At New Relic, we believe that every one of our engineers is responsible for testing the quality of our product. In fact, we don’t even have a Quality Assurance team. As we do daily deploys to our site, we need a fast and reliable testing process to guarantee we are releasing the best product we can in a very short period of time. As our product’s and customers’ needs change, so do our testing methods. And we are constantly evaluating this process to find ways to improve upon it.
Life with ATDD
With quick release cycles, every link in our chain needs to be strong. We can’t afford to test the whole product right before we deploy. To manage this successfully, we have a process in place to help regulate the testing cycle. The Acceptance Test Driven Development (ATDD) cycle is a tried and true method developed by QA gurus meditating on a high mountain in the Himalayas. It helps regulate development milestones into bite sized chunks to assure our goals are met with success.
At New Relic, we do our best to follow the ATDD cycle. It makes developing our software more manageable and our lives a lot easier. Plus, everyone here loves demos : )
The 24 Hour QA Cycle
New Relic’s QA engineers are embedded throughout the organization. Each day, they work with our development, support, sales, and marketing teams to make sure we all stay focused on our goals. This ensures we have the same expectations on how a feature will work and what tests should be executed against it. A mix of unit, integration and functional tests are developed, maintained and updated as needed. And our testing framework is an equal miix of automated and manual testing.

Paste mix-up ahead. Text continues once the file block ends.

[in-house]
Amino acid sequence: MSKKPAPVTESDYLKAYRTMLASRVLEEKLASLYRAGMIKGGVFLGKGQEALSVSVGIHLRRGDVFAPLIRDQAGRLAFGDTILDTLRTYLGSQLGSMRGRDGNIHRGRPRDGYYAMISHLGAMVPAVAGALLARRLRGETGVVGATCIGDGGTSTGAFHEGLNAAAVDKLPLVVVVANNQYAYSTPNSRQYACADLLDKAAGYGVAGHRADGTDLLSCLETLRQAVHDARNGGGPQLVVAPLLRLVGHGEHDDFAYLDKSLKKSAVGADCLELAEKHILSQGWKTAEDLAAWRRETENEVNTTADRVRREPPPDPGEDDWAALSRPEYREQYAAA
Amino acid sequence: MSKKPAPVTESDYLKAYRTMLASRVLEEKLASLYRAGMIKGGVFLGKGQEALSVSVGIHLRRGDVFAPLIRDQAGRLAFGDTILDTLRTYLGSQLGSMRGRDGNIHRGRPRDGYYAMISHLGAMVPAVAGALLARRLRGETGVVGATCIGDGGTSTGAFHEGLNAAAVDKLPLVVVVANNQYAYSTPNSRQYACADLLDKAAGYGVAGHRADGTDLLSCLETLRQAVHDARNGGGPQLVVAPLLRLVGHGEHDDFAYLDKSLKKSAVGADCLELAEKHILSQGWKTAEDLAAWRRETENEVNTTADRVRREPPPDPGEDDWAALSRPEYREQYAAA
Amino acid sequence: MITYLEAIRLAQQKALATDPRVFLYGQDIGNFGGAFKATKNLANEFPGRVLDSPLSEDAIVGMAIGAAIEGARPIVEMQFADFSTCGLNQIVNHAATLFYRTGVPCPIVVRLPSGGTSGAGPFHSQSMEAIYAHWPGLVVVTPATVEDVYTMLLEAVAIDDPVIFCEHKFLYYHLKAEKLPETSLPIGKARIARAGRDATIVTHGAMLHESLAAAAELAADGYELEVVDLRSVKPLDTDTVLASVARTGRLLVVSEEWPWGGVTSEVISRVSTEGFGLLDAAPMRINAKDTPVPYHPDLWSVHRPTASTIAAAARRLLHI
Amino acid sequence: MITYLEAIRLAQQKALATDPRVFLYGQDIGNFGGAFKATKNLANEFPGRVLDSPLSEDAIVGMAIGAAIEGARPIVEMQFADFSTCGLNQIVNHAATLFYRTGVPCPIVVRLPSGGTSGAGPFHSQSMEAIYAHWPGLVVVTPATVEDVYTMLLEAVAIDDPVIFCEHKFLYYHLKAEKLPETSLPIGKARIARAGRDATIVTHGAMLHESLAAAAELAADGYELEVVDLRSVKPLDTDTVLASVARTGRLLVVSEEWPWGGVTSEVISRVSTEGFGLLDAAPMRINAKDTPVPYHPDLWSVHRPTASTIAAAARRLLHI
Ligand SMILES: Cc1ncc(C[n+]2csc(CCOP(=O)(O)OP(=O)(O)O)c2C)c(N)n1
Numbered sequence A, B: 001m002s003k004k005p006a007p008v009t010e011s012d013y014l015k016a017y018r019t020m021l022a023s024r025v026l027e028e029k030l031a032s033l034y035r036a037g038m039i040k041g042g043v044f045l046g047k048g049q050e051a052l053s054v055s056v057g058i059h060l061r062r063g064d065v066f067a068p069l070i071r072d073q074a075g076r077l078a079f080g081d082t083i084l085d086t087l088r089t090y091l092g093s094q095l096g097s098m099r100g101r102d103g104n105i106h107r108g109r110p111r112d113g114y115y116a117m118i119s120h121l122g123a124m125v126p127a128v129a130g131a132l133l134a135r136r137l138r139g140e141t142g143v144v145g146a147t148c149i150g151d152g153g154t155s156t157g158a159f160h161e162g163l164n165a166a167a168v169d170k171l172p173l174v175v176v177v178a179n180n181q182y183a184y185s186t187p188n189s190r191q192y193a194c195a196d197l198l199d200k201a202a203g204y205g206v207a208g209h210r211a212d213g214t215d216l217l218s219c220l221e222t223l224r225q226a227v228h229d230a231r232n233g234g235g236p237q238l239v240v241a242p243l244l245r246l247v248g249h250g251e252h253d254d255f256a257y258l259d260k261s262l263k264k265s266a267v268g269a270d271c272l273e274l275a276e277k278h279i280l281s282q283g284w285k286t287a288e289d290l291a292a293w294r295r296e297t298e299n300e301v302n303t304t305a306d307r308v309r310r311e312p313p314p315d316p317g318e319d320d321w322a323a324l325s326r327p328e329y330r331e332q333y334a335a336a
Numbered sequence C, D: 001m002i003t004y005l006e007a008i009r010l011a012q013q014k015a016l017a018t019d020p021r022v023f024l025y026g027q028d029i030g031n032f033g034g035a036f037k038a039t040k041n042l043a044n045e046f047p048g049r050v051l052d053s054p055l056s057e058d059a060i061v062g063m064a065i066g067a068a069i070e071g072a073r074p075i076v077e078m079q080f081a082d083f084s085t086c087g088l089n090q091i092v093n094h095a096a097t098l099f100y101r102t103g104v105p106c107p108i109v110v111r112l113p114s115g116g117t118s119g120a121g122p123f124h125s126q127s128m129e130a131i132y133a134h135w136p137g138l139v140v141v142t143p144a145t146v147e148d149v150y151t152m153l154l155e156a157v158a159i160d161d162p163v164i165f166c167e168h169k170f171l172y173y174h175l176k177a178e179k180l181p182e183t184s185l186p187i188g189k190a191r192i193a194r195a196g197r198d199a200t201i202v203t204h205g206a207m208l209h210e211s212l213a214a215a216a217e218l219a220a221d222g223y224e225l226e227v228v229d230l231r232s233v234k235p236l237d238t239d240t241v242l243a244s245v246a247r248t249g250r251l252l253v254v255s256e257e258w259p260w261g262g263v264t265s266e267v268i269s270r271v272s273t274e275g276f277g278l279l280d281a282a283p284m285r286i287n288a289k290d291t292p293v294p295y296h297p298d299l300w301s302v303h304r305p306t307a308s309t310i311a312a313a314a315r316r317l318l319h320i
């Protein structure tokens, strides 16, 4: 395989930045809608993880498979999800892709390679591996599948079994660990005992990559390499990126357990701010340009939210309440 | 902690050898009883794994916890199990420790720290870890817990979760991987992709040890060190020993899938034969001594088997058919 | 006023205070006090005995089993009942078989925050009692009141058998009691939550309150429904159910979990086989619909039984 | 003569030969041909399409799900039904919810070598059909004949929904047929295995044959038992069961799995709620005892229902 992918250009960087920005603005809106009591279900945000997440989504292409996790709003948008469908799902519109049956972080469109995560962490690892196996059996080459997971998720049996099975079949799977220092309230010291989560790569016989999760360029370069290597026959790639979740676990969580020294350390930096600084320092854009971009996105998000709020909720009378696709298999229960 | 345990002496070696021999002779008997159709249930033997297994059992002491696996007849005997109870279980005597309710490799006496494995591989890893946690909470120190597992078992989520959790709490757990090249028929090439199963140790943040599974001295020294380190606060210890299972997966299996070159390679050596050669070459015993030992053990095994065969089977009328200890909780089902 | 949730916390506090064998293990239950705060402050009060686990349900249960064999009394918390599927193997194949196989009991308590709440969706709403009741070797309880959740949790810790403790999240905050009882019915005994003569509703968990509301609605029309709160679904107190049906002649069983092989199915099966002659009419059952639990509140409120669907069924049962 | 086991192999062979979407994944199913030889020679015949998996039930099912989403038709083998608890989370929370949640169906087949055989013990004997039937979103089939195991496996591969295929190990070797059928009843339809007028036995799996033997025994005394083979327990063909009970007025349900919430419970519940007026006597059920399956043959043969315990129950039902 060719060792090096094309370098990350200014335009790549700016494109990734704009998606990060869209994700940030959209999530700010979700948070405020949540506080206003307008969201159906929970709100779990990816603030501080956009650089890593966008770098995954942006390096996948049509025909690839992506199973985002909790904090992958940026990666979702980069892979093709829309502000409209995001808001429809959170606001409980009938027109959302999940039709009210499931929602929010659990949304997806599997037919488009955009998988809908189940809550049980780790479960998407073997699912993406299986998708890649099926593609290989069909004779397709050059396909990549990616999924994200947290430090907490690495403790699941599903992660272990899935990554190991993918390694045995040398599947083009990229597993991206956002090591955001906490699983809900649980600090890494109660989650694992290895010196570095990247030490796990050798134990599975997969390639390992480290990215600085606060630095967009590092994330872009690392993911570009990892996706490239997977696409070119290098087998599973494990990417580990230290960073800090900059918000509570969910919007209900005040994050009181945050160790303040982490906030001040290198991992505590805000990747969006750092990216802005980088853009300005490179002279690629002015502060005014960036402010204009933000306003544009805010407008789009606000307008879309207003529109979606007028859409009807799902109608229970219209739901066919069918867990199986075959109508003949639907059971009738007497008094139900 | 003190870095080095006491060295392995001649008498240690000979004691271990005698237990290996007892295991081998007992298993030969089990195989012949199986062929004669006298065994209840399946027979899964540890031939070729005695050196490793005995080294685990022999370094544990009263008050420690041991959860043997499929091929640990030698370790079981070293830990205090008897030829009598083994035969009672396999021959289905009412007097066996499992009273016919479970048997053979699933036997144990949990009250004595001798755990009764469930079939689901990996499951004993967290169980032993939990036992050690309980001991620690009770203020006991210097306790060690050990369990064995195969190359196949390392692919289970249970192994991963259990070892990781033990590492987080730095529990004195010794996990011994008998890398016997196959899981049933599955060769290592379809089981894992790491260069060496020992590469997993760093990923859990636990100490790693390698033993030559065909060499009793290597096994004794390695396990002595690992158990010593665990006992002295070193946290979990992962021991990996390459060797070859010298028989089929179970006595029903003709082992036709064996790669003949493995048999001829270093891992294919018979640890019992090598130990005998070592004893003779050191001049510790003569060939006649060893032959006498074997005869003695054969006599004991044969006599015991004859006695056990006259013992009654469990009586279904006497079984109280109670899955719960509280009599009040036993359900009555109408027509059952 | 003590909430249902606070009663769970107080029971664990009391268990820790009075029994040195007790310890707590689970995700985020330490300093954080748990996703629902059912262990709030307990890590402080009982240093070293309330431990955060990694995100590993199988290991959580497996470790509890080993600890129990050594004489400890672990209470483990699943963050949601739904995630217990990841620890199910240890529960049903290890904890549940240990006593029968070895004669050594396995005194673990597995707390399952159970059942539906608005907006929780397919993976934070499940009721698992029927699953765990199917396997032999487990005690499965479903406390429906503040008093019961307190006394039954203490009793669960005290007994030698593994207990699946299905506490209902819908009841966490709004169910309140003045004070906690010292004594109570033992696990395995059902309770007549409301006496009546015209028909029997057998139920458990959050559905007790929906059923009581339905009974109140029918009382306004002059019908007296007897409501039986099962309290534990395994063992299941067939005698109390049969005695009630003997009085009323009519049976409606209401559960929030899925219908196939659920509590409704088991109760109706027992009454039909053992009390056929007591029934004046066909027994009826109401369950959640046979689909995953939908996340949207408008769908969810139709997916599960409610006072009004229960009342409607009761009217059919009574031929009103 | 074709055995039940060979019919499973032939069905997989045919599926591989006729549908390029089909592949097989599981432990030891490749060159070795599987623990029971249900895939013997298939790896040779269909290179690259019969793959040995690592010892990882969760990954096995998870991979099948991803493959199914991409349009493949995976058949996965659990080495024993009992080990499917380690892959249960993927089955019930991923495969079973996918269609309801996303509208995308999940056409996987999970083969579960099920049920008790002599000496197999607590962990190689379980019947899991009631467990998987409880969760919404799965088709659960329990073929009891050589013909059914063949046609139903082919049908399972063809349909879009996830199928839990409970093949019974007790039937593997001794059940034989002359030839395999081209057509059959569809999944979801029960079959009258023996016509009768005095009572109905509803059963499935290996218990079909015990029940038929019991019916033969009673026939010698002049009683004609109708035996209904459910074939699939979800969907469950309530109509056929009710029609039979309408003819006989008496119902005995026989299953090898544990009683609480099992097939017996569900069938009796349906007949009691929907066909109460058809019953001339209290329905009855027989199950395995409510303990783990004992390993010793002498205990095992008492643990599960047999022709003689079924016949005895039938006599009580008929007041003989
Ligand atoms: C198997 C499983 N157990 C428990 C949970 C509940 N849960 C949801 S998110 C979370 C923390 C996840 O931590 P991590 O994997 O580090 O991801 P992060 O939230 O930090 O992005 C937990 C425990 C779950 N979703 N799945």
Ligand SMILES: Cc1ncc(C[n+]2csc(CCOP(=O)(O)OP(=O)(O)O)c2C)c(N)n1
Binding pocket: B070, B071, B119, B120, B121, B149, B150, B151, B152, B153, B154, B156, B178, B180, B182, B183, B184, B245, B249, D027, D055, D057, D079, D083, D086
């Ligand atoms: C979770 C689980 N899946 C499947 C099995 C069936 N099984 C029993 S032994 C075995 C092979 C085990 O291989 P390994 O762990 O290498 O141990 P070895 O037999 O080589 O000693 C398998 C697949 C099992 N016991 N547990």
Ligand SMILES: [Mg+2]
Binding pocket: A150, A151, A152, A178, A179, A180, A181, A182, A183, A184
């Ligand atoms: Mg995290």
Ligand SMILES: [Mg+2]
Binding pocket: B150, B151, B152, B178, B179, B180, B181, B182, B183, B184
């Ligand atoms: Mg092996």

Our offshore team is one of our secret weapons for QA. They work 12 hours ahead of us in the States and can execute a gauntlet of tests overnight. When we come to work bright and shiny in the morning, our inboxes are full of test suite reports, fixed issue validations and filed bug tickets. I like to think we have a 24 hour development cycle, which gives us the benefit of deploying often with success, low risk and an agile mindset.
Wingmen of the World Unite
At our Portland office, we have a prestigious title called the ‘Wingman’. The purpose of this position is to act as a second pair of eyes on any code before it’s ready for prime time. Responsibilites for this position include, but are not limited to, the following:
* Verifying the code works as described and that the change improves the general state of the code base.
* Making sure test scenarios exist for risky code changes.
* Checking for test coverage and legible code comments.
* Confirming any UI changes match our design playbook.
Our Secret Sauce
The final spicy special ingredient for the quality process involves using New Relic on New Relic with New Relic reporting about New Relic. We constanly monitor our own production and development environments with our product. We rely on this feedback for performance monitoring, code and database tuning, and UI workflow improvements, and this data is invaluable to us. The instant feedback lets us turnaround our code quickly, so we can check it in and deploy it faster.
The Big Picture
All these steps help define the lifecycle of our product, which in turn gives our customers new features and product improvements on a daily basis. Using New Relic to test, monitor and improve New Relic has proven to be our most important secret weapon.
In the words of New Relic Engineer Brent Miller, “We don’t eat our own dog food. We drink our own champagne.”